The Spectator

Covid-19 update: UK lockdown sends nearly a million applicants to Universal Credit

Covid-19 update: UK lockdown sends nearly a million applicants to Universal Credit
A ‘sealed pod’ used by the Scottish Ambulance Service to helivac Covid-19 patients.
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News and analysis

  • Almost a million people have applied for universal credit in the first two weeks of the government lockdown, nearly ten times the normal number.
  • UK Covid-19 deaths rose by 569 yesterday, bringing the total to 2,921 – the largest daily increase, up six from yesterday’s figures.
  • One in five small businesses could fold over the next month, due to collapse in demand and difficulties in accessing loans, according to research by a group of accountants.
  • No lockdown please, we’re Swedish: Fredrik Erixon’s letter from Uppsala.
  • British Airways is suspending the employment of 35,000 staff. There have been no redundancies as of yet.
  • Donald Trump has said America should prepare for a ‘horrific’ couple of weeks and has warned the stockpile of defensive equipment is almost empty.
  • The COP26 climate talks due in Glasgow in November have been postponed.

The final furlough

With every day that goes by, the full implications of Covid-19 – both the number of deaths and the economic effects – are becoming clearer. US unemployment is up by 6.6 million, almost one million Britons have applied for Universal Credit in the past fortnight and the ONS reports that 27 per cent of UK businesses have already fired or furloughed staff. Meanwhile, a new survey from the British Chambers of Commerce shows nearly half of British companies plan to furlough the majority of their employees. It was also announced that one in five small businesses is now projected to shut its doors over the next month. That’s up to one million firms that can’t get access to the cash they need to stay afloat, or don't see the point in taking a government loan with no clear plan on how they’d repay.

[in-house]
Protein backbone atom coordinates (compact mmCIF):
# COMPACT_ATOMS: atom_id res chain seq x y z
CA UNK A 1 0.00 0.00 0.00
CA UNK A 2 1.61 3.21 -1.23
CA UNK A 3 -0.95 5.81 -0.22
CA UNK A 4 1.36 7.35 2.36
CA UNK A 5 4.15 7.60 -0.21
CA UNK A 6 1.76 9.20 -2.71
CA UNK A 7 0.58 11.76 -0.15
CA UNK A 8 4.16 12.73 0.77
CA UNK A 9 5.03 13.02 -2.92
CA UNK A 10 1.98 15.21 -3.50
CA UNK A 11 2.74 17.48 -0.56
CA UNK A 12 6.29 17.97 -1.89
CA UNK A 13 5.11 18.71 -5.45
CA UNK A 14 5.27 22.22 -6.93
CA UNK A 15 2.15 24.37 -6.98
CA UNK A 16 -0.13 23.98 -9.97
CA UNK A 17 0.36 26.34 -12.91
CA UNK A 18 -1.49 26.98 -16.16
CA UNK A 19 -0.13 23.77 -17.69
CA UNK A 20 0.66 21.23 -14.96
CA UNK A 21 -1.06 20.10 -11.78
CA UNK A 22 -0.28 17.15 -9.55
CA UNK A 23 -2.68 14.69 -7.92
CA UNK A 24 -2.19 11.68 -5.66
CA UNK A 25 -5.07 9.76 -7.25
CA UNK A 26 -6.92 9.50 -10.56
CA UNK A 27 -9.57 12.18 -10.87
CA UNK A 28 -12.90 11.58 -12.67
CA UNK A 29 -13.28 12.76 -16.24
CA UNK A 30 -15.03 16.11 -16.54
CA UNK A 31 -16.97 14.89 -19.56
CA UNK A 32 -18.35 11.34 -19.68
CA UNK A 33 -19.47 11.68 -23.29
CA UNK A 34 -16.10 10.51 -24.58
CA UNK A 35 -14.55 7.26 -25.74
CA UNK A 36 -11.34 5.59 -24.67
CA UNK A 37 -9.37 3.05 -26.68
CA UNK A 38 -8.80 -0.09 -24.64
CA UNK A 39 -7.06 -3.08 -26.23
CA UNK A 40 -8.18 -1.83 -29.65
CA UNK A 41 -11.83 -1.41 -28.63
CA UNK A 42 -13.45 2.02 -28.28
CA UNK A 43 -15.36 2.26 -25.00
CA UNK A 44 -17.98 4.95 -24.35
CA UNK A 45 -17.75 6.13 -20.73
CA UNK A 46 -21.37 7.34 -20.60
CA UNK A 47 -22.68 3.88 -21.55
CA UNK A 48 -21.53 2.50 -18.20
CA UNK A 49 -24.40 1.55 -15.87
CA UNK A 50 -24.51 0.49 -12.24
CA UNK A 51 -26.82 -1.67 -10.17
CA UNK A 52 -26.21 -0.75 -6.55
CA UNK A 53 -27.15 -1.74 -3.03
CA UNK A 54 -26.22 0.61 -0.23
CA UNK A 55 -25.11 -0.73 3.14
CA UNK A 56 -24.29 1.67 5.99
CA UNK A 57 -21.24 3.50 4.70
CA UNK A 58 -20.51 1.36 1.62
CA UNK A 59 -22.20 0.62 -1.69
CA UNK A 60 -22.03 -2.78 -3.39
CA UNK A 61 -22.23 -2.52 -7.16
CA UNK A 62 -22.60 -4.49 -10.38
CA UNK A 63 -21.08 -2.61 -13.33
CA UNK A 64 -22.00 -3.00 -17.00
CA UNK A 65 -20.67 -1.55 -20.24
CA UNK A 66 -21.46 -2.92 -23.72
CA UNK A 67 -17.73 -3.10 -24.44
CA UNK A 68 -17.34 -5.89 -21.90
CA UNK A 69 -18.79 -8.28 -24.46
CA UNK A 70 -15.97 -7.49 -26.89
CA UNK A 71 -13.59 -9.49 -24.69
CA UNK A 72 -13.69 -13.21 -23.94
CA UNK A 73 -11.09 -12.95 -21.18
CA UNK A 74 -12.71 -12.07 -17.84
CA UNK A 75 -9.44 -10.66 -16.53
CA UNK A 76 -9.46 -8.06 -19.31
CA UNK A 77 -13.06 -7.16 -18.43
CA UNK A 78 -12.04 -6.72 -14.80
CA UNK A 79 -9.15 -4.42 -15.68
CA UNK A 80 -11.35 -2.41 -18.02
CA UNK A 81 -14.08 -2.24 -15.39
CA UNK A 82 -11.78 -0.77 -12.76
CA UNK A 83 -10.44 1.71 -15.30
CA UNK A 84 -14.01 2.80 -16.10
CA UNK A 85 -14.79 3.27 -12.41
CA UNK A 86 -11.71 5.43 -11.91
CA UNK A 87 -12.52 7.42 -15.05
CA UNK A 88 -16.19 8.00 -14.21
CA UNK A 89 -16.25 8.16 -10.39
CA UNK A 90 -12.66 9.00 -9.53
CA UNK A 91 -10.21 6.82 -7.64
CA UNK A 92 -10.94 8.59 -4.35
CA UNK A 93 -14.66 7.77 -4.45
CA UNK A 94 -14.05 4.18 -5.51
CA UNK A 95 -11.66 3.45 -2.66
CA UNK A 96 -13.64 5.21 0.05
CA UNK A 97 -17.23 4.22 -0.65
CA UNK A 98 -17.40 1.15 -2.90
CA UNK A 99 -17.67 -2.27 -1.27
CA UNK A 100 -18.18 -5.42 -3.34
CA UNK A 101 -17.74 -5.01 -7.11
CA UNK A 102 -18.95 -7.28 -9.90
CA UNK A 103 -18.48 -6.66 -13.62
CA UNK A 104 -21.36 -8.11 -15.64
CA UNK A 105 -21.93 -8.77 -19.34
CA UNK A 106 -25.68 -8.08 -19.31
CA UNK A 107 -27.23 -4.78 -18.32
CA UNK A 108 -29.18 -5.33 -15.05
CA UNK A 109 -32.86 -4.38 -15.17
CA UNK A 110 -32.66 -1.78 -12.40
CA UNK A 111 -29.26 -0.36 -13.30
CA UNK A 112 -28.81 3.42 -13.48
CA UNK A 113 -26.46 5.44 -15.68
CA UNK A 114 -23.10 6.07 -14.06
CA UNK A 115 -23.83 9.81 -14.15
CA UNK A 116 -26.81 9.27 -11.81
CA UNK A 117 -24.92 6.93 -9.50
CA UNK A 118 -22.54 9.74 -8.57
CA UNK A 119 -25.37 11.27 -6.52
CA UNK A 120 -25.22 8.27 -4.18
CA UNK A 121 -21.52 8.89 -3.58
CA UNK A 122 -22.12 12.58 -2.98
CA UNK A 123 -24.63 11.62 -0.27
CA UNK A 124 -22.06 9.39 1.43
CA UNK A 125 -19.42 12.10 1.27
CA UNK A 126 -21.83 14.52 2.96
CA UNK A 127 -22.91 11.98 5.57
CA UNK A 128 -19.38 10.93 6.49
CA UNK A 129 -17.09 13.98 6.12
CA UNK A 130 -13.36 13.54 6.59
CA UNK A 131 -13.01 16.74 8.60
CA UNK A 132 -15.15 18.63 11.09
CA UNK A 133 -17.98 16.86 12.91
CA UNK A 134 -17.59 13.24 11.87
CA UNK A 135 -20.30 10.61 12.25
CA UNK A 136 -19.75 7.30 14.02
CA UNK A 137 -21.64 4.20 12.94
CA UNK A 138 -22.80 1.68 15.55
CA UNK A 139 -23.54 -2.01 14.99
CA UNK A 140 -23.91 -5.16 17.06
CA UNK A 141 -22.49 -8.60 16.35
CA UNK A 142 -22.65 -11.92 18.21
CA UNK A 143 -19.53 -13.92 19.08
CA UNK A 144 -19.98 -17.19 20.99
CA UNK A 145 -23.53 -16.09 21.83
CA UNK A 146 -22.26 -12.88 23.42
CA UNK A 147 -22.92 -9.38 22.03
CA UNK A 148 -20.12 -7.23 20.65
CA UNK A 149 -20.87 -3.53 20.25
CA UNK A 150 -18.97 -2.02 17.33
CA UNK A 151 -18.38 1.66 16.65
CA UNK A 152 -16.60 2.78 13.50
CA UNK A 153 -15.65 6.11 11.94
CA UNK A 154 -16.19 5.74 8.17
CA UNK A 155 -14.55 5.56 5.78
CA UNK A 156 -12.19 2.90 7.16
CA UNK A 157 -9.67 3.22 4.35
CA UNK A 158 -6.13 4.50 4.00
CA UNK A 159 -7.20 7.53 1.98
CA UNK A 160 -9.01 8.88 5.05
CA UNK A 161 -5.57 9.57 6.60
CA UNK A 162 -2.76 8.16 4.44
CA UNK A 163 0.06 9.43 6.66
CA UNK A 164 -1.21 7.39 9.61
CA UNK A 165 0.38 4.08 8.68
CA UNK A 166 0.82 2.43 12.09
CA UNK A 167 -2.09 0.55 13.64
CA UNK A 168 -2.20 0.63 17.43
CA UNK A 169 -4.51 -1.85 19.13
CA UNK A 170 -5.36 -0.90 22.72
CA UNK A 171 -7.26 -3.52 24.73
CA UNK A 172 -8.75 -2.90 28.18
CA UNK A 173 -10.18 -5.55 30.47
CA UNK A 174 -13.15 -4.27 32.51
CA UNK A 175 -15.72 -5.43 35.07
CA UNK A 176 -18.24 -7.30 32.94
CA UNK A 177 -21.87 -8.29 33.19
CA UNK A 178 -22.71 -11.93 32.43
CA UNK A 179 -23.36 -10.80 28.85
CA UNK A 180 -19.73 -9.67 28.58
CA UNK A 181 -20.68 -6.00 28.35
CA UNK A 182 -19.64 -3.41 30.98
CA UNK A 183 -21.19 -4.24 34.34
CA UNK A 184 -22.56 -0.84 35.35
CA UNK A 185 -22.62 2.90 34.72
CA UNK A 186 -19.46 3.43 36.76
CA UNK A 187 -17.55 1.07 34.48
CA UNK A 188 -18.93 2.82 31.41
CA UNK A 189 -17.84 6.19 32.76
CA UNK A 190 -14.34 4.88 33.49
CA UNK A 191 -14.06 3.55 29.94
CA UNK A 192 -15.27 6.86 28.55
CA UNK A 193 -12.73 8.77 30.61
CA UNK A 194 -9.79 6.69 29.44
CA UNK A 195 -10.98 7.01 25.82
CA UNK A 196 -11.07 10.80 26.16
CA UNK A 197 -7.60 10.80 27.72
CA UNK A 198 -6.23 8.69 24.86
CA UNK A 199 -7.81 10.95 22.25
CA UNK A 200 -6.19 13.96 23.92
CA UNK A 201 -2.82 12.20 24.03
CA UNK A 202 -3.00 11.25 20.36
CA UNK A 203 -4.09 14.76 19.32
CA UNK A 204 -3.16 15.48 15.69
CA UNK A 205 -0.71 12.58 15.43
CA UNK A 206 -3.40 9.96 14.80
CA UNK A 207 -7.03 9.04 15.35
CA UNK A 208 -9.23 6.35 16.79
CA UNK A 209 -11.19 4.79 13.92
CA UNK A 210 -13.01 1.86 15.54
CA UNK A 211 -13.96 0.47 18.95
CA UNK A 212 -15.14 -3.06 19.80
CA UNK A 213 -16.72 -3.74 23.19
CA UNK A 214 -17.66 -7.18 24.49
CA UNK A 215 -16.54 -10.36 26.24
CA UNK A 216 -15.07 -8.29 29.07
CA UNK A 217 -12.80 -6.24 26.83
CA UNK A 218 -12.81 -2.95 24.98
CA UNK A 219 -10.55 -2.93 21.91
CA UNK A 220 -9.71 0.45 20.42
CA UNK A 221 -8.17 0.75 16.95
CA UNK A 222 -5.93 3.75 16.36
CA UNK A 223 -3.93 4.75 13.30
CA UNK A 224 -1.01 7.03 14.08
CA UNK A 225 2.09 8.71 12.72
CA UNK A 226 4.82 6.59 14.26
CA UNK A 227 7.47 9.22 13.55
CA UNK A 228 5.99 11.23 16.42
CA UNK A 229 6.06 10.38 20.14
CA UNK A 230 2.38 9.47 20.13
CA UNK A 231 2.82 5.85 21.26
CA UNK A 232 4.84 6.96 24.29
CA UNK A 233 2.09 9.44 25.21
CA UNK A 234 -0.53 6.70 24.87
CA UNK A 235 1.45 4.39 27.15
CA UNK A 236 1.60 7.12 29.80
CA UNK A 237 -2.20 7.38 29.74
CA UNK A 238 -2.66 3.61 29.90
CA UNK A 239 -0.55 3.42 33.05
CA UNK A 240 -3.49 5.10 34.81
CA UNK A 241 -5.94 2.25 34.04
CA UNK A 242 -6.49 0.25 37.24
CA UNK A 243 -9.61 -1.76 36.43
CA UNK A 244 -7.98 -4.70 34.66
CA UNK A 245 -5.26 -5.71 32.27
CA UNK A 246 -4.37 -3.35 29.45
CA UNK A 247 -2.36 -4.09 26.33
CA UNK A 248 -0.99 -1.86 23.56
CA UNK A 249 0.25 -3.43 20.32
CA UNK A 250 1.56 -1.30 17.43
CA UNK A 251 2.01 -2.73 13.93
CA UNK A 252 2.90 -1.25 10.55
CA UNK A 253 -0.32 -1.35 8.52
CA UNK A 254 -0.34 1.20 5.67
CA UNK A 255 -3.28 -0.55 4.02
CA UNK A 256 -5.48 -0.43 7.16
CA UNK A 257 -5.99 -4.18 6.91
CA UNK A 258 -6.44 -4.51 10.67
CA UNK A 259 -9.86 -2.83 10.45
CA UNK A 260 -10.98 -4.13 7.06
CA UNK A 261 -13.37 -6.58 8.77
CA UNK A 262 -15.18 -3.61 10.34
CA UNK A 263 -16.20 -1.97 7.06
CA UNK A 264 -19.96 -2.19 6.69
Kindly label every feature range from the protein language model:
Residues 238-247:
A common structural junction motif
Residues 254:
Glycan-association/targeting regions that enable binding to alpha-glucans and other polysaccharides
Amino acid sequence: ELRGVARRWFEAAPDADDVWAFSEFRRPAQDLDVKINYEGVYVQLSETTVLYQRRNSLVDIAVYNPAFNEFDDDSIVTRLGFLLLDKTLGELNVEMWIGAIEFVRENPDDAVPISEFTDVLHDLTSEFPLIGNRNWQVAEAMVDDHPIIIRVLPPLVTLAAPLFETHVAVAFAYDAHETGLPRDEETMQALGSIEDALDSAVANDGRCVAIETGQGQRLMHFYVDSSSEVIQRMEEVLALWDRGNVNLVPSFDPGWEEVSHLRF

‘They haven’t got any of the basics – beer, wine, gin, vodka...’

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Quotes of the day

‘Trump gratefully accepted this humanitarian aid. Now that this situation has affected everyone without exception and is global, there is no alternative to joint action in the spirit of partnership and mutual help.’ Kremlin spokesman Dmitry Peskov confirming the Russian delivery of medical equipment to the US.

‘Russia sent us a very, very large planeload of things, medical equipment, which was very nice.’ President Donald Trump discussing Russia’s ‘humanitarian aid’ to the US at a White House press conference. 

Covid-19 in data

Is the UK’s Covid-19 death rate accelerating? Professor Oliver Johnson of Bristol university thinks otherwise and presents the below chart.